The feminicide crisis in Mexico
"Before murdering my daughter, they murdered many more. And what were we all doing?" This is a mother's cry of outrage against feminicides in Mexico, where at least 10 women were murdered every day in 2019.
Feminicide in Mexico
We’ve broken our silence. And we’re no longer going to allow you to make a spectacle out of our pain” -Yesenia Zamundio
UN Women reported that in 2019, the average number of women murdered daily in Mexico was 10. Recently, the murders of 25-year-old Ingrid Escamilla and 7-year-old Fátima Cecilia Aldrighett Antón have sparked protests across the country as women protest this atrocity against young women. A Mexican 2012 law states that investigations of females’ violent deaths must include “gender perspective” to rule whether they are femicides. However, many cases are not ruled as this special class of homicide with tougher penalties.
“The Mexican justice system isn’t looking for real alternatives that would allow them to face this problem rapidly, where the response matches the number of femicides we’re seeing and the number of complaints when it comes to gender violence in Mexico… The truth is that the judicial system in Mexico hasn’t been trained, isn’t prepared and isn’t currently being trained to face femicides. It’s despicable, I think that all the women’s demonstrations, all the women’s collectives, civil society and many people within the institutions, people working in and outside them are outraged, we’re very frustrated and angry because we’re not getting a real response from the authorities to face this very serious problem we have in Mexico,” Amy Lira, head of victim accompaniment in Casa Mandarina told Brut.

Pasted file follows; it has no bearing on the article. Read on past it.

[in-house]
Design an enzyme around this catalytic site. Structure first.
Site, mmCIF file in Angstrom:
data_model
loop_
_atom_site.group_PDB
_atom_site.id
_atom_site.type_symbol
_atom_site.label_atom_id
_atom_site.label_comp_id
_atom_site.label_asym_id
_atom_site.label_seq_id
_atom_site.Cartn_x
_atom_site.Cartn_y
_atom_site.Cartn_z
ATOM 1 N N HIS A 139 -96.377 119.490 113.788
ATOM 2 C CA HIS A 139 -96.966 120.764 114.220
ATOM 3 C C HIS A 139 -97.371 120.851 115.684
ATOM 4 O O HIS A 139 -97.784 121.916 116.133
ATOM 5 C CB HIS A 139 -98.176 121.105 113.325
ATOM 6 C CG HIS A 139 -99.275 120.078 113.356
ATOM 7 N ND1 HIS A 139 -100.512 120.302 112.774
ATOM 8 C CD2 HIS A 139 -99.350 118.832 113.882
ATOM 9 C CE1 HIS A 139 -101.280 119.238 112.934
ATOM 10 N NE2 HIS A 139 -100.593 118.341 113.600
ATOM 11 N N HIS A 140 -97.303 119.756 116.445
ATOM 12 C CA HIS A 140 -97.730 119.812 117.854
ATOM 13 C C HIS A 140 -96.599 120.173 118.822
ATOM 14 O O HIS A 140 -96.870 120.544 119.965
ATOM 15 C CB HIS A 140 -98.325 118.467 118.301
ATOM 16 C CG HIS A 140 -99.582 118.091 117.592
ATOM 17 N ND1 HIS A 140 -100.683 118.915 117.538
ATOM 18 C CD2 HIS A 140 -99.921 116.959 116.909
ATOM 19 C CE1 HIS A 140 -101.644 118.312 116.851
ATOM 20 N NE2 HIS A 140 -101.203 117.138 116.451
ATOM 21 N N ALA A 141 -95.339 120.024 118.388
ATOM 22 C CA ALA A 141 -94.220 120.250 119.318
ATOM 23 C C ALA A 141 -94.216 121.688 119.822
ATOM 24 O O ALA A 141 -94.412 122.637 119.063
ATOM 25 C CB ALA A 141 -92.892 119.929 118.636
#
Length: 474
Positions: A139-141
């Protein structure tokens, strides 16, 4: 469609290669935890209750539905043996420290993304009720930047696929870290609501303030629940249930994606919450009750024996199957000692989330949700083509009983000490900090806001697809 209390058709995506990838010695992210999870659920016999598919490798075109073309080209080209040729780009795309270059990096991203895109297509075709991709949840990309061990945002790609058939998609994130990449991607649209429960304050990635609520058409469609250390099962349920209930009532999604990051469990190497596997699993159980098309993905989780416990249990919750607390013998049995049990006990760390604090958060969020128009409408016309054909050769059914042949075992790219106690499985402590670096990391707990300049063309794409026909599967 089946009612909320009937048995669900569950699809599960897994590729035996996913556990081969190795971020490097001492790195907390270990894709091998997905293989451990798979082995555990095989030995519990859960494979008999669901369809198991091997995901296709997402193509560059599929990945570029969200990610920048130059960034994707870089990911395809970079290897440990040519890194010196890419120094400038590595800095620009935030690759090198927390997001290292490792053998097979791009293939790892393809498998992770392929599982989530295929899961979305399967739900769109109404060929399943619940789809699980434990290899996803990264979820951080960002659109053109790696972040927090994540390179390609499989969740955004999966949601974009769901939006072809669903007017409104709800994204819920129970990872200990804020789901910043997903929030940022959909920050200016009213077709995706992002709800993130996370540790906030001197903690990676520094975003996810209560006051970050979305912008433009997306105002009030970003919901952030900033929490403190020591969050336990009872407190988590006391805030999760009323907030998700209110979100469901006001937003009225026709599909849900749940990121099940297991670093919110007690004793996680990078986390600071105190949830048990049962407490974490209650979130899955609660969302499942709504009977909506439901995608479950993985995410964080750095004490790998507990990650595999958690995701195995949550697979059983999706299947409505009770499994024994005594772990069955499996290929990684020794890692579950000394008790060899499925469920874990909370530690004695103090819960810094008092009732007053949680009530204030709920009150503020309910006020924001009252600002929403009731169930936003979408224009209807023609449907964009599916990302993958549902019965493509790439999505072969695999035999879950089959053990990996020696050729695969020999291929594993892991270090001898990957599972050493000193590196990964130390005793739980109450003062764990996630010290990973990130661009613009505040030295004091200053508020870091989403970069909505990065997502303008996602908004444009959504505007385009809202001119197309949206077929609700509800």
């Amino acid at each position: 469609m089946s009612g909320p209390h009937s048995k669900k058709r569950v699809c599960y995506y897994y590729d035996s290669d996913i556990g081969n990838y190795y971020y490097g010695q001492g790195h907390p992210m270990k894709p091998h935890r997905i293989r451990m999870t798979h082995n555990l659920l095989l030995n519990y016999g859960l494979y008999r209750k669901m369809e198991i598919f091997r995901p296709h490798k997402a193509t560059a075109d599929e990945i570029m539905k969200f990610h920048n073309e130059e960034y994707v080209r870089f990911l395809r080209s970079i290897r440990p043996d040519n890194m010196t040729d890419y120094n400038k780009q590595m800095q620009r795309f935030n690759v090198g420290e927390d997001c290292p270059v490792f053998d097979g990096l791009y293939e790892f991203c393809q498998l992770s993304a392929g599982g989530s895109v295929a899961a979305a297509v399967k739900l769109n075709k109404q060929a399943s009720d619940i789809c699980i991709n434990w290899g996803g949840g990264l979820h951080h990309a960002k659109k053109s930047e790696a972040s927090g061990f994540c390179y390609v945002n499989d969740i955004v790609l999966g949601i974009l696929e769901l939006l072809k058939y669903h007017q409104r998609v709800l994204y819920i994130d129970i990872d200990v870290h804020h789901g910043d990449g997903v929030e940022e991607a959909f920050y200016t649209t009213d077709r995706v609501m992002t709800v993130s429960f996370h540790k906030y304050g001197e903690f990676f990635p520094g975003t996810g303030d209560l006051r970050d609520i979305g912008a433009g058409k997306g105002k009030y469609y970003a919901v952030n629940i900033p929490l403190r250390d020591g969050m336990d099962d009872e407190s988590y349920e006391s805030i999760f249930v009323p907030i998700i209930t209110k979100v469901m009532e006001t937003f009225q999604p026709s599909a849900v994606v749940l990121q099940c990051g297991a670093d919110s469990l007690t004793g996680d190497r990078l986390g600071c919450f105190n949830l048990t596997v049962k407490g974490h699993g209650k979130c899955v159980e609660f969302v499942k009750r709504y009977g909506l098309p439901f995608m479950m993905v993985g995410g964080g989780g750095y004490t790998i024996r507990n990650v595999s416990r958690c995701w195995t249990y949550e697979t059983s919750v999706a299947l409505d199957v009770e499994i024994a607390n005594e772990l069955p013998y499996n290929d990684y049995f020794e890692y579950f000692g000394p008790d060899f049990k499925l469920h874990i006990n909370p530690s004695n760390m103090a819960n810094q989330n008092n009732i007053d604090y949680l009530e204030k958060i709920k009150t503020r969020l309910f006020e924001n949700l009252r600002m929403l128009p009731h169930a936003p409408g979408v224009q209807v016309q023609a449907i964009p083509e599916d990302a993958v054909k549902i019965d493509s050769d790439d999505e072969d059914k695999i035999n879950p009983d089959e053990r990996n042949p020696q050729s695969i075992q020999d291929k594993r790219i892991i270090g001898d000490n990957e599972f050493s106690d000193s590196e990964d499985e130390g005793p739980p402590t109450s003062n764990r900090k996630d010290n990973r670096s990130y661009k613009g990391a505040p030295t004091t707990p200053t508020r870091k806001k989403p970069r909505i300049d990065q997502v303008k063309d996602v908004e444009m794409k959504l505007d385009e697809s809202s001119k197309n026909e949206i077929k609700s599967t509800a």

While Mexico may not recognize a majority of femicides as such, Maria Salguero has created a map of Mexican femicides reported by the press. Her map shows 3,825 killings in 2019. The official number of femicides reported by the government is almost four times less than that reported number. While less than five percent of these murders are ever solved, Salguero hopes that by keeping the government honest with the number and confronting them through protest that eventually, the silent number one killer of women will be recognized and prevented in the future.